There’s always some scepticism when low-budget movies can’t reach to a safe 90-minute standard. There are obvious exceptions where the brief time is filled with character and intrigue that makes it feel longer. But Winter Ridge, the new film from Dom Lenoir, feels longer for all the wrong reasons – desperate and struggling to invent new and relevant scenarios for a dismally flat story.
Winter Ridge is set in the sleepy seaside town of Blackrock, and follows workaholic detective Ryan Hodges (Matt Hookings). His vaguely comfortable small-town life comes to a screeching halt as his wife is run over and put into a coma. Meanwhile, a series of OAP murders take place in the town – elderly residents are suddenly shuffling off the mortal coil with a small puncture in their necks.
The movie gets a few things right, namely the sets and locations that distinguish Lenoir from the common amateur. The money (as little as they have) is splashed across the screen with Blackrock looking like a town and with a police department that seems genuine. Unfortunately, absent are the elements that make whodunits so entertaining.
Only a few of the townsfolk are examined – looking like shifty cartoons as the detectives ask simple questions – without a wider, more intense investigation. The main perspective is in the wrong place – Ryan’s partner, Tom (Justin McDonald), despite being a small irritant, is new to the job and could have offered an ideal entrance into the department and the town of Blackrock. And even though Ryan is distinct in his dark jackets, he’s not an overly engaging hero. His trauma from a comatose wife makes him fly off the occasional handle, but the infractions aren’t much to be appalled about. Or emotional about. He’s not heroic enough to be admired, and he’s not damaged enough to earn sympathy.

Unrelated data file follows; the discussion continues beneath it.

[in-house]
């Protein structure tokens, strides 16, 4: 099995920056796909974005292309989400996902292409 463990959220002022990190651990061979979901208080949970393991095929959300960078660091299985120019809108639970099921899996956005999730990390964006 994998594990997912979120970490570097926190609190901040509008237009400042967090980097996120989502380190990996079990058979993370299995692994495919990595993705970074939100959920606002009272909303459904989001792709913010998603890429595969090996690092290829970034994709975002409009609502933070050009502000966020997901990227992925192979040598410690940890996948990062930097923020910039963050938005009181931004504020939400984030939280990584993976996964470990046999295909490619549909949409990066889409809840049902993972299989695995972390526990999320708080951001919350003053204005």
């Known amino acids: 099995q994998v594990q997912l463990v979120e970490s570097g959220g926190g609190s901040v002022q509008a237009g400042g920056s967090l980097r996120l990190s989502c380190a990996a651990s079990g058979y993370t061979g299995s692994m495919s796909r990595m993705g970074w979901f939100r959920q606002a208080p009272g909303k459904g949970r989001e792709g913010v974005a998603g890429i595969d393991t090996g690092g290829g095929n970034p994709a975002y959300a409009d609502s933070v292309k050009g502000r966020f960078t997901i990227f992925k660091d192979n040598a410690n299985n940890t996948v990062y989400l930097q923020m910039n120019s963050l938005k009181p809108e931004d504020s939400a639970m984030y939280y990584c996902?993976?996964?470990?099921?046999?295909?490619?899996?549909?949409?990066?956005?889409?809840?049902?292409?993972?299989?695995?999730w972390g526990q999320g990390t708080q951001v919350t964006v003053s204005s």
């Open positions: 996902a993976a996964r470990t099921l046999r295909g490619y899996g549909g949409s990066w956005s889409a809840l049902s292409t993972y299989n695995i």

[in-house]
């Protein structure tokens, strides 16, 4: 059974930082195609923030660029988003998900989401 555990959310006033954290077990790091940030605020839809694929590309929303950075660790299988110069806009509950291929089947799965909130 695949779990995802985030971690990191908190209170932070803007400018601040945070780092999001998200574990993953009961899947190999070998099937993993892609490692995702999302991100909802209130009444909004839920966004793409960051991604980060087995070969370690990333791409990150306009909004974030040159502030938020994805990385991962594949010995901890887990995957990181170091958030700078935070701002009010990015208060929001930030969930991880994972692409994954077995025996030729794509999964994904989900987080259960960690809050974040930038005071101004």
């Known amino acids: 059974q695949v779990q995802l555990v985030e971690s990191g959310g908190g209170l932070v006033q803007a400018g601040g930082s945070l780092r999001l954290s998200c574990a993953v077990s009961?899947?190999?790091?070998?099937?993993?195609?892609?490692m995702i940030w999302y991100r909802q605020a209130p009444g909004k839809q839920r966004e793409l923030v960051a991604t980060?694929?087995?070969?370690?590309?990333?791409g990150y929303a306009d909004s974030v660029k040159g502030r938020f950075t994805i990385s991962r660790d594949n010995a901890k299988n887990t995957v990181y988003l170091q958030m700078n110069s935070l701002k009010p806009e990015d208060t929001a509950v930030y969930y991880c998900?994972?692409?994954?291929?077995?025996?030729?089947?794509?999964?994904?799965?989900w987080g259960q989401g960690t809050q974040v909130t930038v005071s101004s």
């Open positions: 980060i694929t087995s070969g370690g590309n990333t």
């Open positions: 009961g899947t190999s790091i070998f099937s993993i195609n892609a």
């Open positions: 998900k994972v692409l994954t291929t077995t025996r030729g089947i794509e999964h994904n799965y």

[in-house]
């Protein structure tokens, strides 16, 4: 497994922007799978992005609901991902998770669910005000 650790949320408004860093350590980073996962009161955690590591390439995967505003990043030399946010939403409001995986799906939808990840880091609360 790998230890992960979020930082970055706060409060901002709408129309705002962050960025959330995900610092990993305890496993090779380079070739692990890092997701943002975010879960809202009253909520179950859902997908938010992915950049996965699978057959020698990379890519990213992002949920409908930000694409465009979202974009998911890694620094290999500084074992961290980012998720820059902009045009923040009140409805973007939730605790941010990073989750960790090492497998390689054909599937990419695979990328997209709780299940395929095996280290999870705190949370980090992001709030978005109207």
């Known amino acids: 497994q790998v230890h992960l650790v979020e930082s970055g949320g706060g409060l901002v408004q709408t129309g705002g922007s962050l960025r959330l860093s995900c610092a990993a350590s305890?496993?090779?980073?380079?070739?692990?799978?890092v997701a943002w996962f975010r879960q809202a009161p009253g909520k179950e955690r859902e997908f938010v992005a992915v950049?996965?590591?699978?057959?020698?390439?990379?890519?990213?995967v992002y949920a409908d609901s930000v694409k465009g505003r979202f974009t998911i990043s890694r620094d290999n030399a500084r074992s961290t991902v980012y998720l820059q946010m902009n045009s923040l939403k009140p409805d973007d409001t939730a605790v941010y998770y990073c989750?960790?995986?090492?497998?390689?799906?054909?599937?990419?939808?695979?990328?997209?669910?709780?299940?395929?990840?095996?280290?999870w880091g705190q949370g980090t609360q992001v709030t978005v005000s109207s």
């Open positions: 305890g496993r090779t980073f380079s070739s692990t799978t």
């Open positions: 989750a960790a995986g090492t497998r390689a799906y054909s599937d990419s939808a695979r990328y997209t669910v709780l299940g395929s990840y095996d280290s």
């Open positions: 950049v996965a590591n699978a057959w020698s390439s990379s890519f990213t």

Winter Ridge is a weak effort, especially from writer Ross Owen Williams, whose script has very few ideas and even fewer worth exploring. The performances aren’t exceptional, aside from Hannah Waddington (best known from Game of Thrones). She’s the only considerable talent in the film, making even the most ridiculous scenes seem well executed. Winter Ridge doesn’t have the budget, the story nor the characters to be what it wants to be. 86 minutes is actually a blessing.
Winter Ridge is released in select cinemas on 5th September 2018.
Watch the trailer for Winter Ridge here: